Zombie comedies (or zom coms) have been a dime a dozen for a decade now and often enough not worth the dime in that phrase. There is occasionally one that pops up that's worth its weight in dead flesh and this year it's Cooties. It's awkward, it's uncomfortable at times (they kill a lot of kids), and the cliches about teachers can be broad stroke painting, but it all works together in a miraculous fashion to make one of the funnier horror films of the year. Not to mention the combination of casting is spot on.
13. The Editor
I'm not even horribly well versed in giallo and The Editor hit all of the right marks for me to be both a loving homage to the (re)emerging genre and a hilarious spoof. The directors hit all of the right formulas, style, and outrageousness of giallo in one film and fans of the genre are bound to enjoy this no matter how seriously they love it. Worth it just for the mustaches.
12. Bound to Vengeance
Gritty, grounded, and vicious, Bound to Vengeance overcomes a lot of logistical flaws in its writing to deliver a film that's tense and punchy. It's simple and it derives a lot of its power from its performances and visual style, but this one was a huge surprise for me when I first dove in. It's a modern look at grindhouse concepts and it works splendidly.
11. Goodnight Mommy
If anything, the hype from the 'super scary' trailer was perhaps Goodnight Mommy's biggest success - namely because the film doesn't actually follow the assumptions one makes after seeing the trailer. It twists and turns in a slow burn fashion and in the final act aptly goes for the horror gold, almost executing the same structure and successes that made Audition so damn impressive.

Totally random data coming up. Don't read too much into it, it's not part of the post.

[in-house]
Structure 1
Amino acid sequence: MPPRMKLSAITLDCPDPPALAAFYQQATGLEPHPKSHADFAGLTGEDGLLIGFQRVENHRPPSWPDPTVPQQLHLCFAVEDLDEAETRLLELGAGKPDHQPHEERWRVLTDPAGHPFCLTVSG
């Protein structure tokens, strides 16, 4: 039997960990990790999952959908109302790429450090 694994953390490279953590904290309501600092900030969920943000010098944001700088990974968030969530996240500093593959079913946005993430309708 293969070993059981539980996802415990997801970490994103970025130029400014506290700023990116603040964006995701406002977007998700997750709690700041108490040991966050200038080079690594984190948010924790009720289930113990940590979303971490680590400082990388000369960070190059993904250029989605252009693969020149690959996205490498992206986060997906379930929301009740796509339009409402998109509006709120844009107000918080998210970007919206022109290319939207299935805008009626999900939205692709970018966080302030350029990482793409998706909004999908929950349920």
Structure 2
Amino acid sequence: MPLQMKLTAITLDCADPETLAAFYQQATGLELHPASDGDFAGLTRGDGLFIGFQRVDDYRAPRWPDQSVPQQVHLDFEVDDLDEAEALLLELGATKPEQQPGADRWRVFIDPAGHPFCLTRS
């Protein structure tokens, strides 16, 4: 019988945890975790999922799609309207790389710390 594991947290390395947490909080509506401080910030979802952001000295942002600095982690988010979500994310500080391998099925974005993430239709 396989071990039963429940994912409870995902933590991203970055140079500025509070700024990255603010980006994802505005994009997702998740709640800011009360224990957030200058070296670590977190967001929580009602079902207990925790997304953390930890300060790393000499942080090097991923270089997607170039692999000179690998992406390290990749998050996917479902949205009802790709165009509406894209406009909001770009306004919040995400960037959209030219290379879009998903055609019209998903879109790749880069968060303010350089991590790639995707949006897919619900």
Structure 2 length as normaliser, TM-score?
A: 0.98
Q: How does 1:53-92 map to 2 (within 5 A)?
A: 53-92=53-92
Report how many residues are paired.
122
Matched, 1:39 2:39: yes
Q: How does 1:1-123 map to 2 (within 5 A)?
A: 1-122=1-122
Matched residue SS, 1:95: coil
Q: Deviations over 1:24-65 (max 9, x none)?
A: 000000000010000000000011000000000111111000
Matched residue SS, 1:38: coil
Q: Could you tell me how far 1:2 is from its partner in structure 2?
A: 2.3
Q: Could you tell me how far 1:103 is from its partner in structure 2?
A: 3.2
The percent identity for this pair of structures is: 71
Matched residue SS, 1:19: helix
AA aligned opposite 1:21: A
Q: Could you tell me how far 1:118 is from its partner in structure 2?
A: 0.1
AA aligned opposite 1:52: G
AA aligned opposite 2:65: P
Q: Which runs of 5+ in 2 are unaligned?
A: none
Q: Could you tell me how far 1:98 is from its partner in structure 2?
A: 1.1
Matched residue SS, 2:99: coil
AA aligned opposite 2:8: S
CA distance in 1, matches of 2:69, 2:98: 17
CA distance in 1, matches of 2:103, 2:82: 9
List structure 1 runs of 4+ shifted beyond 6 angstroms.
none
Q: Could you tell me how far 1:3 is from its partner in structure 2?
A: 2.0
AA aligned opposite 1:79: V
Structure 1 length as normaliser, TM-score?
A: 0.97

10. What We Do in the Shadows
A lot like the zom coms I mentioned earlier, vampire comedies are horribly hit or miss, but What We Do in the Shadows nails the mockumentary style so perfectly that Christopher Guest should weep with pride. It's awkward and off the cuff in style and the film really digs into some great concepts that make the film work so well. Not only are our protagonists vampires in a world they don't quite understand, their lovably idiotic. An approach that could have failed, but works remarkably well.
Michael Dougherty strikes again with holiday horror magic, but instead of Halloween he attacks Christmas lore. A random crossbreeding of Christmas Vacation and Gremlins, Krampus strikes a strong balance of funny and fearsome as it maximizes its PG-13 rating. Definitely a film I will be revisiting year after year.
08. The Voices
The Voices was a film that didn't hook me with its trailers or its initial hype. However, Ryan Reynolds owns in this oddly humorous and heartfelt take of the downfall of a serial killer. The cast is packed, the visuals are effective and the film is very good at being less than black and white with how it portrays its protagonist - a move that really adds to the depth of the film.